The album shows the rowdy rockers progressing into an experimental realm with some interlude tracks; from the squeaking feedback-laden guitar noise of "VXI (The Tower)" to the soothing erotic ambience of "VIII (Strength)," Punish Yourself proves with Gore Baby Gore! that they are no one-trick pony. The European edition of the album includes The Voodoo Gun Night Live DVD, a treat for the eyes and the ears, showing the band's boisterous black lit performances in all its depraved glory. Alas, American audiences will have to miss out on this feature, but no matter. Listening to Gore Baby Gore! will surely provide you with enough zombie pinups and porno rock energy to get your juices flowing. Whether your place is on the dance floor or the mosh pit, Punish Yourself knows how to deliver the goods. - Ilker Yucel

"Sexplosive Locomotive review (Regen Mag)"

Zombies pinups and porno films bathed in black lights make this French band one to watch out for lest they rape you in the eye socket.
When one thinks of noisy industrial rock, France may not be the first nation that comes to mind. Nonetheless, from France comes Punish Yourself, a band that presents an audio and visual extravaganza the likes of which haven’t been seen or heard of in some time. If you were to combine Atari Teenage Riot’s digital hardcore sound with the raucous and sexually explicit sound and imagery of Bile and Lords of Acid, with just a pinch of Rob Zombie’s schlock horror visuals, you might have an inkling of what Punish Yourself look and sound like. On their third album, Sexplosive Locomotive, the band further refines their formula. The music is characterized by a barrage of warp speed synthesizers and drums, guitar riffs that penetrate your ears like a chainsaw to the skull, and vocals so loud and obnoxious they would make hardcore punks cower in fear. On top of that is the band’s inimitably aggressive imagery; black lights, cages, makeup, and as much nudity as their audience is willing to dish out, Punish Yourself’s stage show looks like an orgy of zombies.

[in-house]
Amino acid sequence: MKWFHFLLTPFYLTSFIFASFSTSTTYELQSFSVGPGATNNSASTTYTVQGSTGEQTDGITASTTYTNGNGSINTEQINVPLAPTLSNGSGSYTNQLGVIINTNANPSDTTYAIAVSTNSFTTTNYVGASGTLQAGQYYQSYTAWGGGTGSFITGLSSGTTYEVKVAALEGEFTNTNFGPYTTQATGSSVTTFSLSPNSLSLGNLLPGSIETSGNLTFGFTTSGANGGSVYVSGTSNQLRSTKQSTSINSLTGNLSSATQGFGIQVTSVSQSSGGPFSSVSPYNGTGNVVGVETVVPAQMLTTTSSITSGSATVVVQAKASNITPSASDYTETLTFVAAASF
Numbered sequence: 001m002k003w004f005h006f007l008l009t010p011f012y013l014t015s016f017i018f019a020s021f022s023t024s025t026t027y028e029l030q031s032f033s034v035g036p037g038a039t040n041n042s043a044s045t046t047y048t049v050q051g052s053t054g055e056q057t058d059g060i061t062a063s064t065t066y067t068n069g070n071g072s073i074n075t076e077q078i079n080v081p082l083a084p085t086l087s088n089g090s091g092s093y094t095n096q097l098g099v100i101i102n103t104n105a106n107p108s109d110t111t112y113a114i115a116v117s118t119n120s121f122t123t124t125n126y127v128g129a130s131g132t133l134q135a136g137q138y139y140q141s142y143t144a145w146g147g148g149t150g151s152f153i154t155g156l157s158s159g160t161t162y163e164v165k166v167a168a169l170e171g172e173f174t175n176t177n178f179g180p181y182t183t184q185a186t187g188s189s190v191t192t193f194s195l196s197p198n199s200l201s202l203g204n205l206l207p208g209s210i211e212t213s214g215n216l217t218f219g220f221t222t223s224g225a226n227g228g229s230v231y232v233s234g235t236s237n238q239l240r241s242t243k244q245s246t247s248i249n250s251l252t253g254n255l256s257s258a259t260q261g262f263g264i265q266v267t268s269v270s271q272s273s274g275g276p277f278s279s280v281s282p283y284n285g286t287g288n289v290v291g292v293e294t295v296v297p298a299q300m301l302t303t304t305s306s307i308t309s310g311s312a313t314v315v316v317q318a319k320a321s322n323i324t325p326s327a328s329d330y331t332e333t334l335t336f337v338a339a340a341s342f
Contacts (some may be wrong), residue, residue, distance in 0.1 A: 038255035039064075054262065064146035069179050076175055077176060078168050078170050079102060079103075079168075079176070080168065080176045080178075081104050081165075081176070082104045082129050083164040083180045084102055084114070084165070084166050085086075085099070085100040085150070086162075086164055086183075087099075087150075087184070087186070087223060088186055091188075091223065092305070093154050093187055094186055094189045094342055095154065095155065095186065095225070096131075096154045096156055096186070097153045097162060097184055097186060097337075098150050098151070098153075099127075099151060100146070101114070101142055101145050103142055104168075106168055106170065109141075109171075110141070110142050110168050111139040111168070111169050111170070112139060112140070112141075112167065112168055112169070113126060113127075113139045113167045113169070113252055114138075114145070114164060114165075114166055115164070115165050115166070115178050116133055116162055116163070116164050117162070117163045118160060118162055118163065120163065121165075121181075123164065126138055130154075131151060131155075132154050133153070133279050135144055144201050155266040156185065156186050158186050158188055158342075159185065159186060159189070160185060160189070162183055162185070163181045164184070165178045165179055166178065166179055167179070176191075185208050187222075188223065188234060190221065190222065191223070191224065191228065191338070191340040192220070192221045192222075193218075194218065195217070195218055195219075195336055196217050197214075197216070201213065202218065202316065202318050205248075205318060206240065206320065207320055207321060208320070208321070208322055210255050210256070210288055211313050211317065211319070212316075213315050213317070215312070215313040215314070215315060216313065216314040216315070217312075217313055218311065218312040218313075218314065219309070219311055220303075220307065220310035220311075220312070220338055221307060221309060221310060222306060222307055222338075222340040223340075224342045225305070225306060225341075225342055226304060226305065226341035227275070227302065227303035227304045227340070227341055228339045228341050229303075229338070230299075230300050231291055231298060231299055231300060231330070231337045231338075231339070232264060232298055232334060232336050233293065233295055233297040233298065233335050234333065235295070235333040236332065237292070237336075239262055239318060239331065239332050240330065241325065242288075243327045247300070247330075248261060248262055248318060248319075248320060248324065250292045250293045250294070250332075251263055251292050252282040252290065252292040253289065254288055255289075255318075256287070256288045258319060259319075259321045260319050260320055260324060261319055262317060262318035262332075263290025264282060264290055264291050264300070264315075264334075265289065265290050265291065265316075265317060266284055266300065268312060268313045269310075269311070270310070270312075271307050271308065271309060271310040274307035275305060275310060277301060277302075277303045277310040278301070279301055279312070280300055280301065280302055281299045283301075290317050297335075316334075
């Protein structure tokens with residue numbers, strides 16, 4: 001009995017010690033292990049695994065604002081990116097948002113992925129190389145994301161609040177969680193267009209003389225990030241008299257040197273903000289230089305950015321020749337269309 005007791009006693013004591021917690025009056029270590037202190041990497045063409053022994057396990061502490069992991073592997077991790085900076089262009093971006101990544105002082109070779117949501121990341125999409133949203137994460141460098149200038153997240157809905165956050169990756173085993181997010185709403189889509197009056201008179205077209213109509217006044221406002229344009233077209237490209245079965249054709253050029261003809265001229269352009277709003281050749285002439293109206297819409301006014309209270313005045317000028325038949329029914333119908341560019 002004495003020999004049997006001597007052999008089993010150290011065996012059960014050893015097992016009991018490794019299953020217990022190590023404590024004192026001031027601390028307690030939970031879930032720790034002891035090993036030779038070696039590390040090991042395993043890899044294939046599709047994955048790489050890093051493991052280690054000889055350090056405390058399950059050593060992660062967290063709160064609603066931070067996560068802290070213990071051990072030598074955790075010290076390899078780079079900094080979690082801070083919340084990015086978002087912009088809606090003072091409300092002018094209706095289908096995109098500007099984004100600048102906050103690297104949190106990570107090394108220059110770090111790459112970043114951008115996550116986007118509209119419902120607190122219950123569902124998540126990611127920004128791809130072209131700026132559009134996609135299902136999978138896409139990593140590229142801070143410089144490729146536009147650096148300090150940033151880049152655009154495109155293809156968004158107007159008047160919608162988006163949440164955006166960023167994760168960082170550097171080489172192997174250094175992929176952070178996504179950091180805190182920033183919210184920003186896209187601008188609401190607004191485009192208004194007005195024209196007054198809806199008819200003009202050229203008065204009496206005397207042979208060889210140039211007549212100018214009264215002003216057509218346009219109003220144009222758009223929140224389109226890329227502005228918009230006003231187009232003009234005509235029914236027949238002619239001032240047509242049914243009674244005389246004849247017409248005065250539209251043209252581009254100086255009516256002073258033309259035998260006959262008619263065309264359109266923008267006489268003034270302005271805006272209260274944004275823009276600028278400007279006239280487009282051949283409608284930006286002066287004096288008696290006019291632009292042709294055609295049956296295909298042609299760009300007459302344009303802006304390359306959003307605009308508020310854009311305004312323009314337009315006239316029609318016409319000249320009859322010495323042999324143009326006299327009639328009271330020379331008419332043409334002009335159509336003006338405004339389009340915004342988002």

With songs like “Gay Boys in Bondage,” “Primitive,” and “Holy Trinh Thi” (named after French porn star Coralie Trinh Thi, who also co-wrote the band’s own comic book…yes, they have a comic book!), it’s not difficult to tell the band’s predilections for complete erotic abandon. The band is unapologetic in its promotion and encouragement of deviant sexual practices, putting the playful lyrics of Lords of Acid and the Genitorturers to shame. Not that Punish Yourself is devoid of humor. On the interlude “Eastern Western,” the band manipulates samples of our illustrious and infamous commander-in-chief with CNN samples to create some disturbingly funny phrases such as, “Make no decision,” and “You’re either with the military, or you’re with CNN.” Suffice to say, some conservative American audiences may be put off by the seemingly brazen anti-American statements made on songs like “CNN War” and “U.S.D. (We Are Ready),” or even in the promotion of illegal drug usage on the straightforward rocker “Gimme Cocaine.” Then again, it’s safe to make the assumption that Punish Yourself is far from being a conservative band anyway.